Print PDF


"Material Differences" Outside the Gray Market Context

IP Litigator
July/August 2009

Sommers, Mark , Kilaru, Naresh


Authored by Naresh Kilaru and Mark Sommers

Most often, the issue of "material differences" in trademark infringement cases arises in the context of gray market goods, when the question is whether unauthorized imports are materially different from the product sold by the authorized U.S. distributor or owner. In Beltronics USA, Inc. v. Midwest Inventory Distribution [562 F.3d 1067 (10th Cir. 2009)], the U.S. Court of Appeals for the Tenth Circuit confirmed this principle is not limited to the gray market context, but applies whenever goods are resold outside the trademark owner's intended chain of distribution (i.e., on an eBay Web site).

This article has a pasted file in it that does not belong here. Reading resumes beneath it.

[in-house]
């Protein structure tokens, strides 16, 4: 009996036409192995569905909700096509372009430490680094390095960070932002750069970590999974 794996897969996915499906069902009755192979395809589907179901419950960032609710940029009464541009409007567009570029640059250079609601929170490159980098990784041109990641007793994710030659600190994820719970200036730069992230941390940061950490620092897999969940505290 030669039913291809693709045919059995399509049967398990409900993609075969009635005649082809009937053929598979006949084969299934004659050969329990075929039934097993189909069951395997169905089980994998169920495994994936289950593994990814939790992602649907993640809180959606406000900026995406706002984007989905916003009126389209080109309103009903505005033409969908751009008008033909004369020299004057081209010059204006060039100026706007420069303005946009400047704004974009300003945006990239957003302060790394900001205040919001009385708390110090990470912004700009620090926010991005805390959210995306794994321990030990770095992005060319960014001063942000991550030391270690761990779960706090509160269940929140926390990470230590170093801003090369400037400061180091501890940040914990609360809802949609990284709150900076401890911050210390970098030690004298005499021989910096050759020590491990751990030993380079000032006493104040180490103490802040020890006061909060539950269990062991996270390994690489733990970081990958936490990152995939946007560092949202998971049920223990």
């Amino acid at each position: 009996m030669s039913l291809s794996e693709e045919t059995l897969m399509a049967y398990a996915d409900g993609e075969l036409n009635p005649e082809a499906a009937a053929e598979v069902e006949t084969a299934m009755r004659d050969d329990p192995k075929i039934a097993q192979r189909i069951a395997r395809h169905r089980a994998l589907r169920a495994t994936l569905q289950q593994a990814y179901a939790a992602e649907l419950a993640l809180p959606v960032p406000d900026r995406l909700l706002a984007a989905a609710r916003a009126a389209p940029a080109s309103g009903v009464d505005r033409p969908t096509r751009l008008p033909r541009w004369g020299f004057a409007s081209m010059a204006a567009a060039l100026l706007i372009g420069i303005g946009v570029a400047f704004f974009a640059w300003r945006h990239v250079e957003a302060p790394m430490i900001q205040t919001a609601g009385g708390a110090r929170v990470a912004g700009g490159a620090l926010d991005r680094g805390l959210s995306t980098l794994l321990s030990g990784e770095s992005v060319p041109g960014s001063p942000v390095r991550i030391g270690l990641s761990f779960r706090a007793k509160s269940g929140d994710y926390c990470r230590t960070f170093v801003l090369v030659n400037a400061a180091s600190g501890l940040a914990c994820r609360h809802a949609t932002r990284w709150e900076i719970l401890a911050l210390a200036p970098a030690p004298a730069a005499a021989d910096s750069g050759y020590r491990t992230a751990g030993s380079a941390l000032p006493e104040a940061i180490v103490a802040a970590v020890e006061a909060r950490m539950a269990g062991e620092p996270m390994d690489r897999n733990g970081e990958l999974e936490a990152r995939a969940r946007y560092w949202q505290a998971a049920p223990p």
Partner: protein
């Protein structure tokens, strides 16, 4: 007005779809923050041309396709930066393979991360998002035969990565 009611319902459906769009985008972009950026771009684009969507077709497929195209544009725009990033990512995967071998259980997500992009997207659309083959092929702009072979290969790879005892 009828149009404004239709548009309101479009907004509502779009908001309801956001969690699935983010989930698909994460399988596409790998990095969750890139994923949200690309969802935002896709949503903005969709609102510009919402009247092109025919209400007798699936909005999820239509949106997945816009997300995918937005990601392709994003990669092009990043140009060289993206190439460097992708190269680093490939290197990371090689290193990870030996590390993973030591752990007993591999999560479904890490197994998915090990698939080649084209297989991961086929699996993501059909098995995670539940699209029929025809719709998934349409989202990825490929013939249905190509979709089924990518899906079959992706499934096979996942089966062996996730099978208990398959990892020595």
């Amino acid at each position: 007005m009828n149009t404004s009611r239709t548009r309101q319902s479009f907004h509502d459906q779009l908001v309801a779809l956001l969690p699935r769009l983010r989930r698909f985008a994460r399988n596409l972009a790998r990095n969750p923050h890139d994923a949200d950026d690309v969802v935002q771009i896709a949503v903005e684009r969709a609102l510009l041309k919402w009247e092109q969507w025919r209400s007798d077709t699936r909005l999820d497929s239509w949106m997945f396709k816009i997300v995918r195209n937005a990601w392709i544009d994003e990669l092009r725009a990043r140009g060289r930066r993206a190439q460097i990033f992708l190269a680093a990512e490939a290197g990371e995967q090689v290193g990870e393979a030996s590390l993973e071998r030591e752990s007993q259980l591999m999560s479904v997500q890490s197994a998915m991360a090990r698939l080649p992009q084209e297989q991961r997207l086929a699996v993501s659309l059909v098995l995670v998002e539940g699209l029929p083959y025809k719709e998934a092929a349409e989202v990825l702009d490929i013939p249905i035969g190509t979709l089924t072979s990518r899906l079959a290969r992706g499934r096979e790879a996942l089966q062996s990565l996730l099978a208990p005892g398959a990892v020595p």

Plaintiff Beltronics USA distributed its BELTRONICS radar detectors and other aftermarket vehicle electronics to authorized distributors who resold them for a specified minimum retail price. In apparent violation of their distribution agreements, two distributors resold Beltronics' radar detectors to eBay merchant Midwest who offered the products at lower prices through the Internet auction site. To prevent Beltronics from discovering their activities, the distributors replaced or removed the original Beltronics serial numbers. It was Beltronics' policy that only radar detectors bearing an original serial number were eligible for warranty service and other benefits such as software upgrades, rebates, product use information, service assistance, and recalls.